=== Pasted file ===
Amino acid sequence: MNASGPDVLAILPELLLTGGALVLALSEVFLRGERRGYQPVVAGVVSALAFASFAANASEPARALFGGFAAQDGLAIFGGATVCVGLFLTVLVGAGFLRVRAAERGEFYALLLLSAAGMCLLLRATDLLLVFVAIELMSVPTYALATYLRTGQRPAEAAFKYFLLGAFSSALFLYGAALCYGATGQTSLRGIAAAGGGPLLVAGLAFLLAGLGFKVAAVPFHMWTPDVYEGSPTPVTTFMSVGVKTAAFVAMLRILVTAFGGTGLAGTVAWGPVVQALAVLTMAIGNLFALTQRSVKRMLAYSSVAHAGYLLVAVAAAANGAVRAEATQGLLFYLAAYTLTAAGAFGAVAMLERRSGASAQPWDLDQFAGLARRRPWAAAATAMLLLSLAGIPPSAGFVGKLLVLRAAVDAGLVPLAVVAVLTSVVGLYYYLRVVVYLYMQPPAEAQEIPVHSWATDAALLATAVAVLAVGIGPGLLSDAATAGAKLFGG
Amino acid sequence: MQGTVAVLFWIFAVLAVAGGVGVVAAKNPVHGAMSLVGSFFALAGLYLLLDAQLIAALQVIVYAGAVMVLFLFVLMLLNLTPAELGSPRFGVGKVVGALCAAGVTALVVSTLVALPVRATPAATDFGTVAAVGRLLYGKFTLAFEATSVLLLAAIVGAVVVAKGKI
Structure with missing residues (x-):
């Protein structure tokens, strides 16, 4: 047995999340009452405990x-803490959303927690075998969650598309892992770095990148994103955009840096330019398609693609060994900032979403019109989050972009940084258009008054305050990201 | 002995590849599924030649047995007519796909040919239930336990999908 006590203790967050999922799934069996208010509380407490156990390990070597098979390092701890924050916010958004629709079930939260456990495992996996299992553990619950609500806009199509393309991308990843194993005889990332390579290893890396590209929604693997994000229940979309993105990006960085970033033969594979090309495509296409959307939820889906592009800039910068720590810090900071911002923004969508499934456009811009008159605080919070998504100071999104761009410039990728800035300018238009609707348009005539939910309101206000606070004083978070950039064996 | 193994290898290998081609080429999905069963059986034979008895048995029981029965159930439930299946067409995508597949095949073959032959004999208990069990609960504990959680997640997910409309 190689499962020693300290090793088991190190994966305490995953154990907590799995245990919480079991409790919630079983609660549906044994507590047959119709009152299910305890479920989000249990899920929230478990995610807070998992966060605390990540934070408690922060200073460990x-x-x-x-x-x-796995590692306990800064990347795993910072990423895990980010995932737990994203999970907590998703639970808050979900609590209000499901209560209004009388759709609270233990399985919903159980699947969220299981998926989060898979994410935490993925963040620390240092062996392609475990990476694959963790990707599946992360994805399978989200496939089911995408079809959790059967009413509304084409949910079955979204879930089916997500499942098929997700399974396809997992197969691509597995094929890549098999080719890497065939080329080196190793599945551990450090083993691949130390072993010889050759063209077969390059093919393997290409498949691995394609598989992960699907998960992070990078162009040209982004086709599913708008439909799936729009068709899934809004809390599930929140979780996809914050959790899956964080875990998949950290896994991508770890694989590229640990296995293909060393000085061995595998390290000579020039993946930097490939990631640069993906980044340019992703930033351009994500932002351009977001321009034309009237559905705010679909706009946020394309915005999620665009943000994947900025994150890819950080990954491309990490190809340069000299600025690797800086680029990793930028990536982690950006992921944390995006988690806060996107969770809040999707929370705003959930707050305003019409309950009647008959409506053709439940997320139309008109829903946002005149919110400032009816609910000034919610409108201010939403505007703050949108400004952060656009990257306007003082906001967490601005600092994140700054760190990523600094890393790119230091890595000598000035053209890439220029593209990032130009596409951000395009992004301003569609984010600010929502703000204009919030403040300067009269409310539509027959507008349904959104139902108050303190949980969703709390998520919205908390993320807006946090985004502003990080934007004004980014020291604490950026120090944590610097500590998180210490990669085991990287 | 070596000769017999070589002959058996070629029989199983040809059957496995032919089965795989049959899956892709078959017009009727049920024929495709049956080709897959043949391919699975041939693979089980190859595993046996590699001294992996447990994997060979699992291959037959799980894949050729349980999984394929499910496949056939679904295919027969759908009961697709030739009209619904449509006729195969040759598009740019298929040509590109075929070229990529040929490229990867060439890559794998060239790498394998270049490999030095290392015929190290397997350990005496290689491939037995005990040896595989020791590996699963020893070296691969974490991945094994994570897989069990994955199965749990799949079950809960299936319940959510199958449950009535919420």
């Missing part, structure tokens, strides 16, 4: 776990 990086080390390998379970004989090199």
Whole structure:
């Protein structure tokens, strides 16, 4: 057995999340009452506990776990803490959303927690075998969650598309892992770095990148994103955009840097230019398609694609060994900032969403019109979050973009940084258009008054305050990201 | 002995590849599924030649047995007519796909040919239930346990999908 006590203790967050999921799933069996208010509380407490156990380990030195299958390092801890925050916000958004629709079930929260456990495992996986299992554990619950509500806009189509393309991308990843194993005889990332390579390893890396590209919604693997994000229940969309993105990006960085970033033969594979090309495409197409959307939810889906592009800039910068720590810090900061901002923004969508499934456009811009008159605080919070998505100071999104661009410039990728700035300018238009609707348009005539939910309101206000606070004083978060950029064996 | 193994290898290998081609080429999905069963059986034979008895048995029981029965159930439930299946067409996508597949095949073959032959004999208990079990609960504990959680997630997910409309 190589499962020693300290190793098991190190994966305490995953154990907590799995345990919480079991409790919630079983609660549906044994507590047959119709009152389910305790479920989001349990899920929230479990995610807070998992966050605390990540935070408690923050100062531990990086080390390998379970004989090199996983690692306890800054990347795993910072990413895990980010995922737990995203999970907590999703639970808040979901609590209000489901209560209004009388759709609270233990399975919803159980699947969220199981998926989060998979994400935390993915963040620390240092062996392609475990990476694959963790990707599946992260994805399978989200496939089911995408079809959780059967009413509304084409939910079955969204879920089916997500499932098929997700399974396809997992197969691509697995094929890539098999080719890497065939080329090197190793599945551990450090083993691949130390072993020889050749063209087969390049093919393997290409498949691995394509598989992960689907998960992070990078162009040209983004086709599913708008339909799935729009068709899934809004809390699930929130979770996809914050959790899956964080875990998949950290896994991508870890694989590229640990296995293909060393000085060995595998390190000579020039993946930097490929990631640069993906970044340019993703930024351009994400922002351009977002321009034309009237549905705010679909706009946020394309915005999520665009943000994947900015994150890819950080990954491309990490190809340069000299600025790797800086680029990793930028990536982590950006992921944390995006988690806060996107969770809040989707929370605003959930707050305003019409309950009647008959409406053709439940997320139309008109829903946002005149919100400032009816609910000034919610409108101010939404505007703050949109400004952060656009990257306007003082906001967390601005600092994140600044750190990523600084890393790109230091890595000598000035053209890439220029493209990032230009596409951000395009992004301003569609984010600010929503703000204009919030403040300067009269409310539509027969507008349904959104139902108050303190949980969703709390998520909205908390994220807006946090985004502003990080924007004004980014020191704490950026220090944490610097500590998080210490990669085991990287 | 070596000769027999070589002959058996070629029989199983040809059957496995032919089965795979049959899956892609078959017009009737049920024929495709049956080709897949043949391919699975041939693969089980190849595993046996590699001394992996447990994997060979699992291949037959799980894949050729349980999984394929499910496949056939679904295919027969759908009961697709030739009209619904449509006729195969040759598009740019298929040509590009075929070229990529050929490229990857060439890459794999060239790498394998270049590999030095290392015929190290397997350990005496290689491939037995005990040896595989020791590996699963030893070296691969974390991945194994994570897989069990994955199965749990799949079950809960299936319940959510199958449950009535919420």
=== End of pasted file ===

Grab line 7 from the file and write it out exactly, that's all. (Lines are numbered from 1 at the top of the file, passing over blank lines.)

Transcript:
């Protein structure tokens, strides 16, 4: 057995999340009452506990776990803490959303927690075998969650598309892992770095990148994103955009840097230019398609694609060994900032969403019109979050973009940084258009008054305050990201 | 002995590849599924030649047995007519796909040919239930346990999908 006590203790967050999921799933069996208010509380407490156990380990030195299958390092801890925050916000958004629709079930929260456990495992996986299992554990619950509500806009189509393309991308990843194993005889990332390579390893890396590209919604693997994000229940969309993105990006960085970033033969594979090309495409197409959307939810889906592009800039910068720590810090900061901002923004969508499934456009811009008159605080919070998505100071999104661009410039990728700035300018238009609707348009005539939910309101206000606070004083978060950029064996 | 193994290898290998081609080429999905069963059986034979008895048995029981029965159930439930299946067409996508597949095949073959032959004999208990079990609960504990959680997630997910409309 190589499962020693300290190793098991190190994966305490995953154990907590799995345990919480079991409790919630079983609660549906044994507590047959119709009152389910305790479920989001349990899920929230479990995610807070998992966050605390990540935070408690923050100062531990990086080390390998379970004989090199996983690692306890800054990347795993910072990413895990980010995922737990995203999970907590999703639970808040979901609590209000489901209560209004009388759709609270233990399975919803159980699947969220199981998926989060998979994400935390993915963040620390240092062996392609475990990476694959963790990707599946992260994805399978989200496939089911995408079809959780059967009413509304084409939910079955969204879920089916997500499932098929997700399974396809997992197969691509697995094929890539098999080719890497065939080329090197190793599945551990450090083993691949130390072993020889050749063209087969390049093919393997290409498949691995394509598989992960689907998960992070990078162009040209983004086709599913708008339909799935729009068709899934809004809390699930929130979770996809914050959790899956964080875990998949950290896994991508870890694989590229640990296995293909060393000085060995595998390190000579020039993946930097490929990631640069993906970044340019993703930024351009994400922002351009977002321009034309009237549905705010679909706009946020394309915005999520665009943000994947900015994150890819950080990954491309990490190809340069000299600025790797800086680029990793930028990536982590950006992921944390995006988690806060996107969770809040989707929370605003959930707050305003019409309950009647008959409406053709439940997320139309008109829903946002005149919100400032009816609910000034919610409108101010939404505007703050949109400004952060656009990257306007003082906001967390601005600092994140600044750190990523600084890393790109230091890595000598000035053209890439220029493209990032230009596409951000395009992004301003569609984010600010929503703000204009919030403040300067009269409310539509027969507008349904959104139902108050303190949980969703709390998520909205908390994220807006946090985004502003990080924007004004980014020191704490950026220090944490610097500590998080210490990669085991990287 | 070596000769027999070589002959058996070629029989199983040809059957496995032919089965795979049959899956892609078959017009009737049920024929495709049956080709897949043949391919699975041939693969089980190849595993046996590699001394992996447990994997060979699992291949037959799980894949050729349980999984394929499910496949056939679904295919027969759908009961697709030739009209619904449509006729195969040759598009740019298929040509590009075929070229990529050929490229990857060439890459794999060239790498394998270049590999030095290392015929190290397997350990005496290689491939037995005990040896595989020791590996699963030893070296691969974390991945194994994570897989069990994955199965749990799949079950809960299936319940959510199958449950009535919420």